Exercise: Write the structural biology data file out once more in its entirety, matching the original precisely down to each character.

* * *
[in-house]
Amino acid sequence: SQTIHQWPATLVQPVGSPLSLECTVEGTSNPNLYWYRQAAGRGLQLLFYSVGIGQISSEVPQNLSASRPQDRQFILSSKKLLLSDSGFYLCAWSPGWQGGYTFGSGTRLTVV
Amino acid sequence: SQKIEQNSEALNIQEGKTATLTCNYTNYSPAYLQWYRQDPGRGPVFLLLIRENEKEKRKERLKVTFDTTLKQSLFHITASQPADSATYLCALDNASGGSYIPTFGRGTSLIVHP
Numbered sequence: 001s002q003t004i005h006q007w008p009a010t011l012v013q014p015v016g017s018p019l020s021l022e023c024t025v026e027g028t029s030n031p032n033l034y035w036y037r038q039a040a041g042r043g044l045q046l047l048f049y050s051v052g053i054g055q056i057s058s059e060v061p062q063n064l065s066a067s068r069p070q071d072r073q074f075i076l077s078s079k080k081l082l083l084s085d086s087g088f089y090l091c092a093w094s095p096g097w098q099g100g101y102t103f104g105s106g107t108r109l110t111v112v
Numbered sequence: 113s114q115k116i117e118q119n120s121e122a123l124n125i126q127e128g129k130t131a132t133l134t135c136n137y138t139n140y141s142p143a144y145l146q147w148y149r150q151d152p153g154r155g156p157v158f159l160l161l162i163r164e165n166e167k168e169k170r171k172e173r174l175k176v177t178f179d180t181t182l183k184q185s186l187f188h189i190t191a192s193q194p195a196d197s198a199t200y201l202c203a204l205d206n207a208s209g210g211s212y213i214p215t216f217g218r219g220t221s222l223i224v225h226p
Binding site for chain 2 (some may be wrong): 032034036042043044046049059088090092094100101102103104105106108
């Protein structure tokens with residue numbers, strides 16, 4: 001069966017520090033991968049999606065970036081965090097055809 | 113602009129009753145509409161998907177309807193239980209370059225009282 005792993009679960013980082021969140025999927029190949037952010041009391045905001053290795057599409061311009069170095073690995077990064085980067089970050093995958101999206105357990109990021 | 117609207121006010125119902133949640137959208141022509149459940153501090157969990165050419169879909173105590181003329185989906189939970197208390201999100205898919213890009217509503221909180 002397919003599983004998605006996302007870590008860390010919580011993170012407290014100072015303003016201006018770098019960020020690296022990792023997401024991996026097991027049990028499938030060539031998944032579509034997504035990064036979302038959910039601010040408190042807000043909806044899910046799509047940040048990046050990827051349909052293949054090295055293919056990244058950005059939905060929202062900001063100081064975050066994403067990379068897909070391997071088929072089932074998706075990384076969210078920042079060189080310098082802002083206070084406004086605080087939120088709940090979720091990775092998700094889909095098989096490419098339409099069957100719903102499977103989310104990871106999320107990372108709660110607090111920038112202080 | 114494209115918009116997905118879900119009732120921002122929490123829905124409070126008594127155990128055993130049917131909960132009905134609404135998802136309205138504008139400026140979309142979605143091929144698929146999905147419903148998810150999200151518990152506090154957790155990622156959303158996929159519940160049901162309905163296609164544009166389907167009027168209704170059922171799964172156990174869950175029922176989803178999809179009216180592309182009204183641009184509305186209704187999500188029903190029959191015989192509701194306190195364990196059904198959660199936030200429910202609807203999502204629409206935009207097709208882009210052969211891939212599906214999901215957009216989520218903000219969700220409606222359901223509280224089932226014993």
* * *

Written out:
[in-house]
Amino acid sequence: SQTIHQWPATLVQPVGSPLSLECTVEGTSNPNLYWYRQAAGRGLQLLFYSVGIGQISSEVPQNLSASRPQDRQFILSSKKLLLSDSGFYLCAWSPGWQGGYTFGSGTRLTVV
Amino acid sequence: SQKIEQNSEALNIQEGKTATLTCNYTNYSPAYLQWYRQDPGRGPVFLLLIRENEKEKRKERLKVTFDTTLKQSLFHITASQPADSATYLCALDNASGGSYIPTFGRGTSLIVHP
Numbered sequence: 001s002q003t004i005h006q007w008p009a010t011l012v013q014p015v016g017s018p019l020s021l022e023c024t025v026e027g028t029s030n031p032n033l034y035w036y037r038q039a040a041g042r043g044l045q046l047l048f049y050s051v052g053i054g055q056i057s058s059e060v061p062q063n064l065s066a067s068r069p070q071d072r073q074f075i076l077s078s079k080k081l082l083l084s085d086s087g088f089y090l091c092a093w094s095p096g097w098q099g100g101y102t103f104g105s106g107t108r109l110t111v112v
Numbered sequence: 113s114q115k116i117e118q119n120s121e122a123l124n125i126q127e128g129k130t131a132t133l134t135c136n137y138t139n140y141s142p143a144y145l146q147w148y149r150q151d152p153g154r155g156p157v158f159l160l161l162i163r164e165n166e167k168e169k170r171k172e173r174l175k176v177t178f179d180t181t182l183k184q185s186l187f188h189i190t191a192s193q194p195a196d197s198a199t200y201l202c203a204l205d206n207a208s209g210g211s212y213i214p215t216f217g218r219g220t221s222l223i224v225h226p
Binding site for chain 2 (some may be wrong): 032034036042043044046049059088090092094100101102103104105106108
């Protein structure tokens with residue numbers, strides 16, 4: 001069966017520090033991968049999606065970036081965090097055809 | 113602009129009753145509409161998907177309807193239980209370059225009282 005792993009679960013980082021969140025999927029190949037952010041009391045905001053290795057599409061311009069170095073690995077990064085980067089970050093995958101999206105357990109990021 | 117609207121006010125119902133949640137959208141022509149459940153501090157969990165050419169879909173105590181003329185989906189939970197208390201999100205898919213890009217509503221909180 002397919003599983004998605006996302007870590008860390010919580011993170012407290014100072015303003016201006018770098019960020020690296022990792023997401024991996026097991027049990028499938030060539031998944032579509034997504035990064036979302038959910039601010040408190042807000043909806044899910046799509047940040048990046050990827051349909052293949054090295055293919056990244058950005059939905060929202062900001063100081064975050066994403067990379068897909070391997071088929072089932074998706075990384076969210078920042079060189080310098082802002083206070084406004086605080087939120088709940090979720091990775092998700094889909095098989096490419098339409099069957100719903102499977103989310104990871106999320107990372108709660110607090111920038112202080 | 114494209115918009116997905118879900119009732120921002122929490123829905124409070126008594127155990128055993130049917131909960132009905134609404135998802136309205138504008139400026140979309142979605143091929144698929146999905147419903148998810150999200151518990152506090154957790155990622156959303158996929159519940160049901162309905163296609164544009166389907167009027168209704170059922171799964172156990174869950175029922176989803178999809179009216180592309182009204183641009184509305186209704187999500188029903190029959191015989192509701194306190195364990196059904198959660199936030200429910202609807203999502204629409206935009207097709208882009210052969211891939212599906214999901215957009216989520218903000219969700220409606222359901223509280224089932226014993």